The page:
While the stakes are high for Israel, Tehran could not have been more pleased with the outcome in Syria, which has elevated its regional position and cemented its reputation as the main backer of the Syrian regime. At the same time, Iranian strategists note Syrian President Bashar al-Assad’s premise that the war is not over yet. On the one hand, the US-backed, Kurdish-dominated SDF controls huge swathes of Syrian territory;, on the other, the remaining opposition forces are still in control of Idlib province on the border with Turkish-occupied territory in northern Syria.

As such, Iran has in recent months focused on helping its allies to conquer the remaining enclaves within the regime-held areas such as Ghouta and Yarmouk in Damascus, and expressed its intention to support the Syrian regime in conquering Idlib and other places ‘under occupation in Syria’. As a result, confronting Israel seems far from an Iranian priority right now.

Syrian Civil War Map 3000
Sources: Wikipedia,,,, The Guardian and The New York Times. click to enlarge. @Fanack ©Fanack CC BY 4.0

For Israel, however, Iran’s priorities do not change the nature of the threat so long as the strategic calculus remains the same. Accordingly, a confrontation with Iran is foreseeable. Israel’s rationale for escalating its response to Iran’s presence in Syria is based on the premise that hammering Iran in Syria is more feasible while Tehran is confronting other challenges and enemies than after its position in Syria is consolidated. That said, there might be another consideration. As some analysts have suggested, Israeli Prime Minister Benjamin Netanyahu desperately wants to distract attention from the corruption case closing in on him at home. Still, playing the Iran – or indeed any other external card – can only serve such a purpose temporarily.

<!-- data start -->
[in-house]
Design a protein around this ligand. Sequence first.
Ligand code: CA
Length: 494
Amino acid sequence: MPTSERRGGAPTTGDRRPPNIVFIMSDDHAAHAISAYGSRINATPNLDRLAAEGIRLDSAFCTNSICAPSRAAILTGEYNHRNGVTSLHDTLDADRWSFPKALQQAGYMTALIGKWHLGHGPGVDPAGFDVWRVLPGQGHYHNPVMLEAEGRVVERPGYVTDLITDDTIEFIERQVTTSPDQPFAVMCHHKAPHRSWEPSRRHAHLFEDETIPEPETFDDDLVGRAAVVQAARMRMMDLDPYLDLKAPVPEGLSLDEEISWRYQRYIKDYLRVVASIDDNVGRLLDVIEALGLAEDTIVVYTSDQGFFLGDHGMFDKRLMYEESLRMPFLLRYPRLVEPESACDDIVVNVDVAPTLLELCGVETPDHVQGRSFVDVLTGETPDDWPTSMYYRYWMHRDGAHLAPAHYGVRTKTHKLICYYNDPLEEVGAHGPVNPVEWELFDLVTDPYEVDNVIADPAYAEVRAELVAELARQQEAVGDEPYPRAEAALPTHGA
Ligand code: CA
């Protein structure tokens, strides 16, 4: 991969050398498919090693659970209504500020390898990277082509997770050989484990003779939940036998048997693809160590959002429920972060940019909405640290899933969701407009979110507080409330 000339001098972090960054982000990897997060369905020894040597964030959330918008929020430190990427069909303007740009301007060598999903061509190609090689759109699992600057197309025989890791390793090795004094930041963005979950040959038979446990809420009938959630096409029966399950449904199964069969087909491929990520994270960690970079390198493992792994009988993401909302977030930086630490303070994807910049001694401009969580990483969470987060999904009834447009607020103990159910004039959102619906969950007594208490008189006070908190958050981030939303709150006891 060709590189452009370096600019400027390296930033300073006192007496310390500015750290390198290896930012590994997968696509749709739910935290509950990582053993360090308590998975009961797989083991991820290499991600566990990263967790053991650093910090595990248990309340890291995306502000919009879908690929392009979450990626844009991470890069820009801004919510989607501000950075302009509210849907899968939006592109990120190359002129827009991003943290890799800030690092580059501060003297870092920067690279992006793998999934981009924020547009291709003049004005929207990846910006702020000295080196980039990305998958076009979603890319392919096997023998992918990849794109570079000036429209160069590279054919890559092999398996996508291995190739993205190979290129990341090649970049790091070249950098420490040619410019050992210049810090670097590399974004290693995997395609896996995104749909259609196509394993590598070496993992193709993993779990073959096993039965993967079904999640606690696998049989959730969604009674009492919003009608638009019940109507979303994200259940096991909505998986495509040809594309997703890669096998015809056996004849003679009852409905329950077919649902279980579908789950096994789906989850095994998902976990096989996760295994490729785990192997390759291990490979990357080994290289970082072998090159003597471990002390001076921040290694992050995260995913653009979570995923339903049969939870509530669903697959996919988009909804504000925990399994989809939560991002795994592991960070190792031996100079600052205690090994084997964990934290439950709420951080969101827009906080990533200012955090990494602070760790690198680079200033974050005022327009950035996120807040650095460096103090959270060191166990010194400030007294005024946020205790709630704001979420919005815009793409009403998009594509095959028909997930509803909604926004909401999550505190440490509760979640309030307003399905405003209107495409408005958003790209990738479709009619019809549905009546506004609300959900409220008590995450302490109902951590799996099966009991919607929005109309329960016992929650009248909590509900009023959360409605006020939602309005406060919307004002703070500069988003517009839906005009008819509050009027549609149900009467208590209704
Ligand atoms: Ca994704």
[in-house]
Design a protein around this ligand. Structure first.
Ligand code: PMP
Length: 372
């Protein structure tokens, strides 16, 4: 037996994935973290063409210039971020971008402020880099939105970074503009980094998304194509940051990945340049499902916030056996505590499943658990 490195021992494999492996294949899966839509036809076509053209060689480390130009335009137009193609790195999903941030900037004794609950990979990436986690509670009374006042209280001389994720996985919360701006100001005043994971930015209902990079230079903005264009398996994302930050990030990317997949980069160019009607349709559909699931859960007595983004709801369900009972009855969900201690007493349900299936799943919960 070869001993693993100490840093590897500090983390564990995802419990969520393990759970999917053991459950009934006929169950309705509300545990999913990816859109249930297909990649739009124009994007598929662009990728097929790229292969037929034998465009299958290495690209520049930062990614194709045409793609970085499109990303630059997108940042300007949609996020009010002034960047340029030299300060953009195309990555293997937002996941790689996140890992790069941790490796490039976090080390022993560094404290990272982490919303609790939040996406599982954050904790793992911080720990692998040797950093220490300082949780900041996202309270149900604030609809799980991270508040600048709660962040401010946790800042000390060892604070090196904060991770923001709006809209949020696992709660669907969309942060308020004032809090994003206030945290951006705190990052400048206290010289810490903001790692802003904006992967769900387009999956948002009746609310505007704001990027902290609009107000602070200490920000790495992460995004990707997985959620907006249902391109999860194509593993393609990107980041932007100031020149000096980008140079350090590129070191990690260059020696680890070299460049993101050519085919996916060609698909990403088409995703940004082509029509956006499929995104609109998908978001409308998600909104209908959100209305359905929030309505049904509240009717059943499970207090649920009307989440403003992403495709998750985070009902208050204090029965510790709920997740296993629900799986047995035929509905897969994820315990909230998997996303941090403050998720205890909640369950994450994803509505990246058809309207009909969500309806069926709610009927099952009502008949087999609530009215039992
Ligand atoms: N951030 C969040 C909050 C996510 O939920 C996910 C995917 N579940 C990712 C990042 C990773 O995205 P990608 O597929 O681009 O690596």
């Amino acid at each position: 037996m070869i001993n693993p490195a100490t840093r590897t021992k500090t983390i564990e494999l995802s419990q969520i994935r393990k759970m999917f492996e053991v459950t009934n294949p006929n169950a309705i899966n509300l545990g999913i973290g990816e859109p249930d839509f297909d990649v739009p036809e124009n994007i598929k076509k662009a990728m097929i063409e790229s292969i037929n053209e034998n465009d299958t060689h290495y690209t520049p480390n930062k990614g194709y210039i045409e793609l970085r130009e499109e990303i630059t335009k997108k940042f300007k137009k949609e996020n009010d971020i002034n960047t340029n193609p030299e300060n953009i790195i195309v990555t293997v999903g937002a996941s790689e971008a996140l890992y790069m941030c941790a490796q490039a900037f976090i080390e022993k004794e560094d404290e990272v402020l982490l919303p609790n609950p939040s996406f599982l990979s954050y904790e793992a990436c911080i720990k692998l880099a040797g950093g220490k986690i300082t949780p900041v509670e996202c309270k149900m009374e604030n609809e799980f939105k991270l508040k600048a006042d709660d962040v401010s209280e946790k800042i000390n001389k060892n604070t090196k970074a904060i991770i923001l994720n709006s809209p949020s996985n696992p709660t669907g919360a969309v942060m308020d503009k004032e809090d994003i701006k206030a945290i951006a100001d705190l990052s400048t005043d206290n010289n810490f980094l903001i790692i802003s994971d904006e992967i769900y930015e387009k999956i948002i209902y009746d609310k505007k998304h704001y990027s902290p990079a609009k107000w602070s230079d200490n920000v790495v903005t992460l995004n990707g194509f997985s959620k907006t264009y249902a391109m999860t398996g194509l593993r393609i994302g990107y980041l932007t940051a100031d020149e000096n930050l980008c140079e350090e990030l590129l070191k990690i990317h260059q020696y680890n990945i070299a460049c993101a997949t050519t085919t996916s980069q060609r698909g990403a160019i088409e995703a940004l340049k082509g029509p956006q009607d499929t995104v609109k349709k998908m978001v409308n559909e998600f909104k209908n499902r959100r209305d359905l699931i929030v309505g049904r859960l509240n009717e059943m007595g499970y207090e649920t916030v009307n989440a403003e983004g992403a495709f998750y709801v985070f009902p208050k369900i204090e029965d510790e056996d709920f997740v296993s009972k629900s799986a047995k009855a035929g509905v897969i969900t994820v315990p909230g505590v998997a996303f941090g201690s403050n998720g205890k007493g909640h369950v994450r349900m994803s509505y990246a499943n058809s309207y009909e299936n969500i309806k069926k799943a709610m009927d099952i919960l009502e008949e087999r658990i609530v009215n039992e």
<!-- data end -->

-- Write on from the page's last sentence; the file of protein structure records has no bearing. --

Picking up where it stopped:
Iran’s non-Israel priorities cannot at this point diminish Israel’s perception of its ongoing threat. Like-wise, Israeli air strikes alone will not lead to Iran’s expulsion from Syrians. Therefore, there needs to be another solution to ease Israeli fears of the Iranian presence on its Syrian border. While negotiating a way out with Russia has made headlines recently, this only seems to get Iranian forces out of Syria’s southwestern territories – and not from the entire country.

Syria will thus remain a problem for Israel. As such, one can envisage Israel taking the confrontation to a new level by invading Syria to force Iran out of the country. The repercussions of such a scenario could be catastrophic.

One can easily imagine Iran and Hezbollah rallying behind the Syrian regime to preserve the status quo on the one hand and to elevate their position and reputation by standing up to an Israeli attack on the other. There are high-level speeches to back that premise. Ayatollah Khamenei has said time and again that Iran will not turn a blind eye to an aggression. Hassan Nasrallah said in a direct and unprecedented statement of deterrence that if Israel attacks Syria, Israel will be attacked in return. Neither Iran nor Hezbollah has ever deterred or even spoke about deterring Israel on behalf of Syria. Therefore, while Israel is focusing on degrading the ‘axis of resistance’ threat on its Syrian border, its adversaries are drawing red lines that once crossed could lead to an all-out war. The risk of this happening can be contained if both parties at least agree not to cross the other’s red lines. But if the situation escalates, as the recent case of south-western Syria suggests it might, international mediation – like the Russian one – will be needed to prevent a war.